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Minnesota - MATH - 5615
Math 5615H: Introduction to Analysis I. Homework #11. Problems and Solutions. #1. (12 points). Find n S := . 2n n=1Fall 2011Solution. Substituting n = m + 1, we get n m+1 ( 1 )m 2S = = =S+ = S + 2, 2n-1 m=0 2m 2 n=1 m=0so that S = 2. #2. (10 points).
Minnesota - MATH - 5615
Math 5615H: Introduction to Analysis I. Homework #12. Problems and Solutions.Fall 2011#1. Let aj and bj,k be real numbers defined for all j, k = 0, 1, 2, . . ., such that|aj | A = const &lt; ,j=0|bj,n | B = const &lt; for all j, n;and lim bj,n = 0 for eac
Minnesota - MATH - 5615
Math 5615H: Introduction to Analysis I. Homework #13. Problems and Solutions.Fall 2011#1. If f is a continuous mapping of a metric space X into a metric space Y , prove that f (E) f (E) for every set E X. (E denotes the closure of E). Show, by an exampl
Minnesota - MATH - 5615
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Minnesota - MATH - 5615
Math 5615H. November 16, 2011. Midterm Exam 2. Problems and Solutions. Problem 1. (10 points). Let A1 , A2 , A3 , . . . be subsets of a metric space (X, d). If B :=k=1Ak ,prove that B k=1Ak ,where B and Ak denote the closures of B and Ak . Show, b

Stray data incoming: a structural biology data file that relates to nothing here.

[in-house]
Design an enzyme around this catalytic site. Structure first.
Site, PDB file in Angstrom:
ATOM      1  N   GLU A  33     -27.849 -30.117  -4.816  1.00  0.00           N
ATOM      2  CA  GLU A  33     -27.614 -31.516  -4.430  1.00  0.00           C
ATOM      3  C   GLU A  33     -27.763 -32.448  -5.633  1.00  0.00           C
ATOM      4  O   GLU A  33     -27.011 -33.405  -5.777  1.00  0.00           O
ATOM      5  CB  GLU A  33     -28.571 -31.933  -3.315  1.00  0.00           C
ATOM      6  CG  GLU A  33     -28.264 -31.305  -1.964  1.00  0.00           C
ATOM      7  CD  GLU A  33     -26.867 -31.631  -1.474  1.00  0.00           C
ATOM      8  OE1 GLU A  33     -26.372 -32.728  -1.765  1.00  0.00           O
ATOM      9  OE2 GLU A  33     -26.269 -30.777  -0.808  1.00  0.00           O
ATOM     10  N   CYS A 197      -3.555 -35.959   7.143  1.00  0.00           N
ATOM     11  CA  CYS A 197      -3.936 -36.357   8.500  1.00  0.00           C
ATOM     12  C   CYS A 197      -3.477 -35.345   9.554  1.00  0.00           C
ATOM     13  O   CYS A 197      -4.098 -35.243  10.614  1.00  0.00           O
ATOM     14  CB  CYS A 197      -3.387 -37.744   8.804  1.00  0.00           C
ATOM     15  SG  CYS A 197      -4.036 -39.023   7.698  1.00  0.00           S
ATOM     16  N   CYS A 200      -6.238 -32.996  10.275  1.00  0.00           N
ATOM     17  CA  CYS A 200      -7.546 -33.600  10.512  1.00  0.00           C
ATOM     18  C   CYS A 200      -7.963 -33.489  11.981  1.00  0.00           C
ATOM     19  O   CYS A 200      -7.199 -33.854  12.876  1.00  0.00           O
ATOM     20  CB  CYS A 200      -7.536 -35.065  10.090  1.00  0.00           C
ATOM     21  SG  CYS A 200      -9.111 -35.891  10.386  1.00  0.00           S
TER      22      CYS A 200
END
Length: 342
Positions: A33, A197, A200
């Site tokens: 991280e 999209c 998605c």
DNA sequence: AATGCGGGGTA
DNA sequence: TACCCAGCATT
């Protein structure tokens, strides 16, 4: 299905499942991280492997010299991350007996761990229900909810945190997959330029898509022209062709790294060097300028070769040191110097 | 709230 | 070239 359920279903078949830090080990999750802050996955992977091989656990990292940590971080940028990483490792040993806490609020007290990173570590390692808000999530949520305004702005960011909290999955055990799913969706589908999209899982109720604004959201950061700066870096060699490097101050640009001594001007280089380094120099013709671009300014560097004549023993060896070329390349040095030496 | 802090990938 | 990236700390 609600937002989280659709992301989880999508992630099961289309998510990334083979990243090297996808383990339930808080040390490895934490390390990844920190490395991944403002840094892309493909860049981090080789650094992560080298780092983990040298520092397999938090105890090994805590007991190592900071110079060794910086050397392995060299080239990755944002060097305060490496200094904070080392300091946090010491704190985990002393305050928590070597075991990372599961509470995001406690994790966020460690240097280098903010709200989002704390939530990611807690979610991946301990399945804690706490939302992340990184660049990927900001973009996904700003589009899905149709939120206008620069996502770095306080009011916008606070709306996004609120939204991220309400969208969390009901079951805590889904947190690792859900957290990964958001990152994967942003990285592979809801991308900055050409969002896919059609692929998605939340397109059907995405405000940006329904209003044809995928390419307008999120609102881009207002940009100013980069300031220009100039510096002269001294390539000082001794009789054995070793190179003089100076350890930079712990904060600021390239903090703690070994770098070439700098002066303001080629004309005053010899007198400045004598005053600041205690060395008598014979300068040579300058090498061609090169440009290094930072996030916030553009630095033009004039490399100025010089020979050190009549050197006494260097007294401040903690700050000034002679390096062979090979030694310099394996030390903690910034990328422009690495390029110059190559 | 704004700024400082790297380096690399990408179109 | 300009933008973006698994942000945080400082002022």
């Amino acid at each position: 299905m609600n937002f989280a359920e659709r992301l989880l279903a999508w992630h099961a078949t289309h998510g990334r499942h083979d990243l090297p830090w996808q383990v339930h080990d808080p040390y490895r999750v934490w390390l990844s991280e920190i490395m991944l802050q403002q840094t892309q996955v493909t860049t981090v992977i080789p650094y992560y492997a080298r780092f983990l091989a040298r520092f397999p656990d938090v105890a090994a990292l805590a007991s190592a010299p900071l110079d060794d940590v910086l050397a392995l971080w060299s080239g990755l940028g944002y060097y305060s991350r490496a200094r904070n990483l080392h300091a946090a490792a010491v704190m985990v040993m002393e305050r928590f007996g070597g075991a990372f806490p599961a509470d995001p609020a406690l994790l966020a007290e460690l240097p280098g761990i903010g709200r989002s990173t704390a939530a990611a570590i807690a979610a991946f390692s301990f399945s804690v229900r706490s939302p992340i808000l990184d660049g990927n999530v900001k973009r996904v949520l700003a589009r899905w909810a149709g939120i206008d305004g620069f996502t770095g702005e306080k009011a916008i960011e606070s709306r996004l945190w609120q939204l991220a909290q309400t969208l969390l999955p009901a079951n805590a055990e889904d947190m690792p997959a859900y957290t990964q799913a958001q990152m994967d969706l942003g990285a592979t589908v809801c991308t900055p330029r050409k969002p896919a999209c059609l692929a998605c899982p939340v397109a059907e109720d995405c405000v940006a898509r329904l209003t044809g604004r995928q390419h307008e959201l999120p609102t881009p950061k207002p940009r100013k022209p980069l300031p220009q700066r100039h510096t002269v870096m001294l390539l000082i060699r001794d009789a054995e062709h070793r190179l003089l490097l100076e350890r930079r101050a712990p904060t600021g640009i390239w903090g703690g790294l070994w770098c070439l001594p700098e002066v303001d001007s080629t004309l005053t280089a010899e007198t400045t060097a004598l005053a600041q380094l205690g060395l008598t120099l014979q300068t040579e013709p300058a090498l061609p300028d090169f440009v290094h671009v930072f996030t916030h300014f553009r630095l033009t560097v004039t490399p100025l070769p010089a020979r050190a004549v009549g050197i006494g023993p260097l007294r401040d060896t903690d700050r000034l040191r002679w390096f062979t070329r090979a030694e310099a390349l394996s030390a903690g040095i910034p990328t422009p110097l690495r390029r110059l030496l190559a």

Minnesota - MATH - 5615
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Minnesota - MATH - 8601
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Minnesota - MATH - 8601
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Minnesota - MATH - 8601
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Minnesota - MATH - 8601
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Minnesota - MATH - 8601
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Minnesota - MATH - 8601
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Minnesota - MATH - 8601
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Minnesota - MATH - 8601
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Minnesota - MATH - 8601
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Minnesota - MATH - 8601
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Minnesota - MATH - 8601
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Minnesota - MATH - 8601
Math 8601: REAL ANALYSIS.Fall 2010Homework #3. Problems and Solutions. #1. Let f be a real function on R1 . The image and the inverse image of a subset A R1 under f are correspondingly f (A) = cfw_y : y = f (x) for some x A, f -1 (A) = cfw_x : f (x) A.
Minnesota - MATH - 8601
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Minnesota - MATH - 8601
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Minnesota - MATH - 8601
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Minnesota - MATH - 8601
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Minnesota - MATH - 8601